These days, every baby gadget, large or small, comes factory-equipped with an electronic music box.  These are horrid things that are bad to begin with, but get more and more out of tune as the batteries wear down, with ill-rendered, inaccurate snippets of “popular” children’s tunes, and more offensively, classical music.  If these were well-done, and the sounds even vaguely approximated an actual instrument, it might be tolerable.  But it simply is not.  Go ahead.  Call me a snob.  But as I see it, babies, toddlers and children are just the earliest targets in the current trend that is “the dumbing down of society.”


Leonard was not fooled.  The first of these many music boxes we encountered was included in a beautiful bassinet.  I laid my infant down.  I pushed the button.  Upon hearing this wretched sound, he started to cry.  The cruelest joke?  No off switch.  And the damned things are bolted on like they’re indispensible, critical to proper operation.  Of a bassinet.   Inevitably, another well-intentioned family member eventually pushed the button, and had I not removed Leonard, he would have hurled himself over the edge in an effort to escape.  To say he hated those music boxes is an understatement.  Lesson learned?  Leonard doesn’t cotton condescension.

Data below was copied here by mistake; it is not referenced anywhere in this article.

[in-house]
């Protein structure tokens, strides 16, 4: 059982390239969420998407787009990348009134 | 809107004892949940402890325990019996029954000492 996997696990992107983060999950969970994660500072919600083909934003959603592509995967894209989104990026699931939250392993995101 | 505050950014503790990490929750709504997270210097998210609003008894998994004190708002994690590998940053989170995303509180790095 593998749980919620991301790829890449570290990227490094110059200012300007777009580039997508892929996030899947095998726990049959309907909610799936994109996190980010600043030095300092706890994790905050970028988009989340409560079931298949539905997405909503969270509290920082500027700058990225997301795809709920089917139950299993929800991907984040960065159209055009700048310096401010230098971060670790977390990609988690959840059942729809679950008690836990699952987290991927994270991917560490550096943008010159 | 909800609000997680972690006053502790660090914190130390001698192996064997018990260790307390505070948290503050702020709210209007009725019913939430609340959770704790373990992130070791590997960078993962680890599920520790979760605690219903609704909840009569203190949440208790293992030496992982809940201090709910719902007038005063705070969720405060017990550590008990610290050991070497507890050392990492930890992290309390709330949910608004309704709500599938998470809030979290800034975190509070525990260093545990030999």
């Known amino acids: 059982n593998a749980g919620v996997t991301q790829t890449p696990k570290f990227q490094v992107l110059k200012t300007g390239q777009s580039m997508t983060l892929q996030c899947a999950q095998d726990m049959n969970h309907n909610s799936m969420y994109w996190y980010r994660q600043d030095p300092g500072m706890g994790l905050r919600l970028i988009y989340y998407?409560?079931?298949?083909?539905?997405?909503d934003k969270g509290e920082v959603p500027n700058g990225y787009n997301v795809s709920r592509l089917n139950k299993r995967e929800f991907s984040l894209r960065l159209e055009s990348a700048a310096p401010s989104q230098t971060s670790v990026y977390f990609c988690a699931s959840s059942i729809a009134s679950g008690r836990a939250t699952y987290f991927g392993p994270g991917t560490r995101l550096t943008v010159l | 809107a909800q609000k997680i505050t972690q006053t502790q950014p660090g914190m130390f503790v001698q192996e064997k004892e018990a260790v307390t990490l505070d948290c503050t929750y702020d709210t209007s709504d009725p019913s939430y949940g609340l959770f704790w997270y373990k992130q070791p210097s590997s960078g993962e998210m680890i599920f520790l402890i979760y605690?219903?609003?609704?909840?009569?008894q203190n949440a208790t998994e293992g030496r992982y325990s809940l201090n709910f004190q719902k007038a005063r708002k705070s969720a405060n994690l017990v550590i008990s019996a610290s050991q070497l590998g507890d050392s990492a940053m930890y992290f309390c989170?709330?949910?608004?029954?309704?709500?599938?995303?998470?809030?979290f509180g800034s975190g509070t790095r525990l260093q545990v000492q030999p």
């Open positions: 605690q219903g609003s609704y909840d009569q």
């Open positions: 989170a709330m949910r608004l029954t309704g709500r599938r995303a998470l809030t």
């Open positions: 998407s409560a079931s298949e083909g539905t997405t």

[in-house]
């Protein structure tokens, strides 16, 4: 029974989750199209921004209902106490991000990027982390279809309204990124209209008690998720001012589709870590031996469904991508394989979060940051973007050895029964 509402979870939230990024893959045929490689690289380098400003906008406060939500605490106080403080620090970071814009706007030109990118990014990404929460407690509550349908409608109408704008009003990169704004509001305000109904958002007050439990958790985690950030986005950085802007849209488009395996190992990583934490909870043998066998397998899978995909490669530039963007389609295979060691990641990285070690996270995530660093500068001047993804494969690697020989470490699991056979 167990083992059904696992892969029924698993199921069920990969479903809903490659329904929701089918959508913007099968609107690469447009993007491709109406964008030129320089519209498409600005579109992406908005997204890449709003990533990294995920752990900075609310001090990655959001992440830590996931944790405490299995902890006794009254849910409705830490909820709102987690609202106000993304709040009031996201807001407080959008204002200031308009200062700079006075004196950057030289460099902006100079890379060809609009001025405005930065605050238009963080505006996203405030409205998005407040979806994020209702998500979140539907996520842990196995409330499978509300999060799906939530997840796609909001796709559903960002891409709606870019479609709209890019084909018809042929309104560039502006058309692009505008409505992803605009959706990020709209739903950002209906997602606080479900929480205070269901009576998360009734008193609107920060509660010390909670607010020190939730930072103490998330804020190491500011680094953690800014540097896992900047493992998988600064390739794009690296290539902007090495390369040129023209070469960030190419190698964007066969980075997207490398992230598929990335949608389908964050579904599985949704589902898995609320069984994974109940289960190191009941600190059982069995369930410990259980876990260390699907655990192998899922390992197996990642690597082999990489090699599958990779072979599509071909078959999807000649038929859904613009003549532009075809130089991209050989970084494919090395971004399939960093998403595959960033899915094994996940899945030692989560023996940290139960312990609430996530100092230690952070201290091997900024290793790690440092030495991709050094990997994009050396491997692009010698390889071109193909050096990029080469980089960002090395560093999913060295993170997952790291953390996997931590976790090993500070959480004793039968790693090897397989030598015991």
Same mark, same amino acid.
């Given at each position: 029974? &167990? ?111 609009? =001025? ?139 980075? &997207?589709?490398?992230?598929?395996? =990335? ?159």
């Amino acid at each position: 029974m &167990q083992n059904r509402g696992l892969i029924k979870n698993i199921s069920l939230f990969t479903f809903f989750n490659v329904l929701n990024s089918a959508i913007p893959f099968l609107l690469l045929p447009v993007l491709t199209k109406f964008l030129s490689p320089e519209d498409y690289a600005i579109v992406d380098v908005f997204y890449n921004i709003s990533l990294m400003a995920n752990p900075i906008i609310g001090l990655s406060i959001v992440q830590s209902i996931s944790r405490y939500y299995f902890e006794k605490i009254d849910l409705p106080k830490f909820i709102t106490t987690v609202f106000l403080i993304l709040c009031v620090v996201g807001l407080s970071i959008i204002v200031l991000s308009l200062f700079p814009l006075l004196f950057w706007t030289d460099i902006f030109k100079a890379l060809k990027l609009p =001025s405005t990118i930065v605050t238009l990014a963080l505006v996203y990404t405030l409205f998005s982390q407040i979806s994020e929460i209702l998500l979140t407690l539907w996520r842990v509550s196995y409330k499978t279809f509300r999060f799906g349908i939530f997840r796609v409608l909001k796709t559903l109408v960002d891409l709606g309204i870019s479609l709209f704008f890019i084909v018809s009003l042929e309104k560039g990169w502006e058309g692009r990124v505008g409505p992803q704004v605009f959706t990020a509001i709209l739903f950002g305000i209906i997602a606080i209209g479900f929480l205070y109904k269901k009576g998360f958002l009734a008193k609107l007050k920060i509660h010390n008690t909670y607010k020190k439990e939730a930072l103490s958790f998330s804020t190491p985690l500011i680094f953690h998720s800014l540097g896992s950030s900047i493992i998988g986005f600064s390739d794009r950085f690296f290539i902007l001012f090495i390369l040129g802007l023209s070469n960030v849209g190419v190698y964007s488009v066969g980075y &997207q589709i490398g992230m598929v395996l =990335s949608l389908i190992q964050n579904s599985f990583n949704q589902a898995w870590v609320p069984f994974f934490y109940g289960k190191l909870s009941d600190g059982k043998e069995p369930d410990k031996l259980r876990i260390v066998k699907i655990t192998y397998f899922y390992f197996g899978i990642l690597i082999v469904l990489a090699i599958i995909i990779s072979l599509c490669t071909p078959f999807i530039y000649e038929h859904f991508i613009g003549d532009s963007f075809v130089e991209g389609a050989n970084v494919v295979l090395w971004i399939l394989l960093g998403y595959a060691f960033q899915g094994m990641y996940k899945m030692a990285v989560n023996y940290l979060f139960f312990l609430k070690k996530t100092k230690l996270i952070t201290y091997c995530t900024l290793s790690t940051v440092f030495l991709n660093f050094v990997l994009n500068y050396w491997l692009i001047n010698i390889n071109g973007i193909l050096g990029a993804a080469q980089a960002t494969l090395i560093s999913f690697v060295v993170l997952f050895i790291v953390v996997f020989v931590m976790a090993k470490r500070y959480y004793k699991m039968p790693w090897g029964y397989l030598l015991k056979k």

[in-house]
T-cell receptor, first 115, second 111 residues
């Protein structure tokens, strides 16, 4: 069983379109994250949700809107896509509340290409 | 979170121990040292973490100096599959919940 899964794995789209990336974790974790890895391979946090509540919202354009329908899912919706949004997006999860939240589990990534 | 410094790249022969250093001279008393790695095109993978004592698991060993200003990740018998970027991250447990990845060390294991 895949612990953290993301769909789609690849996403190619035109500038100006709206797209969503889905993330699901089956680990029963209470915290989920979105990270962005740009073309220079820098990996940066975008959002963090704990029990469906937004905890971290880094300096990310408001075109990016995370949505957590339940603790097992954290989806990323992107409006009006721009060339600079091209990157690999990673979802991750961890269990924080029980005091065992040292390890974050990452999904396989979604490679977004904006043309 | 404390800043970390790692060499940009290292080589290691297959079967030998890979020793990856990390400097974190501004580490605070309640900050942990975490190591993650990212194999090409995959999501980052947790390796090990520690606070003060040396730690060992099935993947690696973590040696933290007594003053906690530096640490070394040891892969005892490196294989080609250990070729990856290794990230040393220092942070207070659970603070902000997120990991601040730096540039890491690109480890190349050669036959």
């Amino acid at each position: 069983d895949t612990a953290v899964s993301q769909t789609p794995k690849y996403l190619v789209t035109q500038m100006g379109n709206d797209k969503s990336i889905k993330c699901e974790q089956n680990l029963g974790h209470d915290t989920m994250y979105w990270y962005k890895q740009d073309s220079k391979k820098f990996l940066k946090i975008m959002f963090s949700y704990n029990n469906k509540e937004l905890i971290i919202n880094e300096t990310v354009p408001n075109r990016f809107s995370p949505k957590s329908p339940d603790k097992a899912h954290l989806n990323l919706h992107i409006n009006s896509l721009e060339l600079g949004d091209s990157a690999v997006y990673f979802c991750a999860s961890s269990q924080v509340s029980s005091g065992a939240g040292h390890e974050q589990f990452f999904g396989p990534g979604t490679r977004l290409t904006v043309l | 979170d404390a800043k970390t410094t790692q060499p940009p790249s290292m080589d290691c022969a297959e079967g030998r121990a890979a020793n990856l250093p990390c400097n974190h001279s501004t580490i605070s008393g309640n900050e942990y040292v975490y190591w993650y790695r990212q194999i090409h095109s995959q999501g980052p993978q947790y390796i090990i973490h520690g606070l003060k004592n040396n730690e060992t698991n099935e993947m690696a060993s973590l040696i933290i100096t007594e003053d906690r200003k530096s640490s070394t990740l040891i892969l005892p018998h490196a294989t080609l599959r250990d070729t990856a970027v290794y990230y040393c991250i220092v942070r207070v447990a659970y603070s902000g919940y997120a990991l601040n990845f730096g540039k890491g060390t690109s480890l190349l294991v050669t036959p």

I had already known that about him on an intuitive level, so I took that cue as confirmation, and vowed that I would always be mindful in the way that we communicated.  I sensed, even in those early days, that Leonard could understand my words, that if I just spoke the truth, he would hear it.  As I spoke, he would listen, looking at my face intently.  Not mystified, but somehow making sense of me.  And as his language skills have evolved, I’ve known to hear his truth.  When we were in Japan, and these then-mysterious headaches were new, and after two visits to doctors and two visits from an acupuncturist, my exhausted little man cried to me, “Mommy.  I’m tired, my head hurts, I want to go home, I need a doctor.”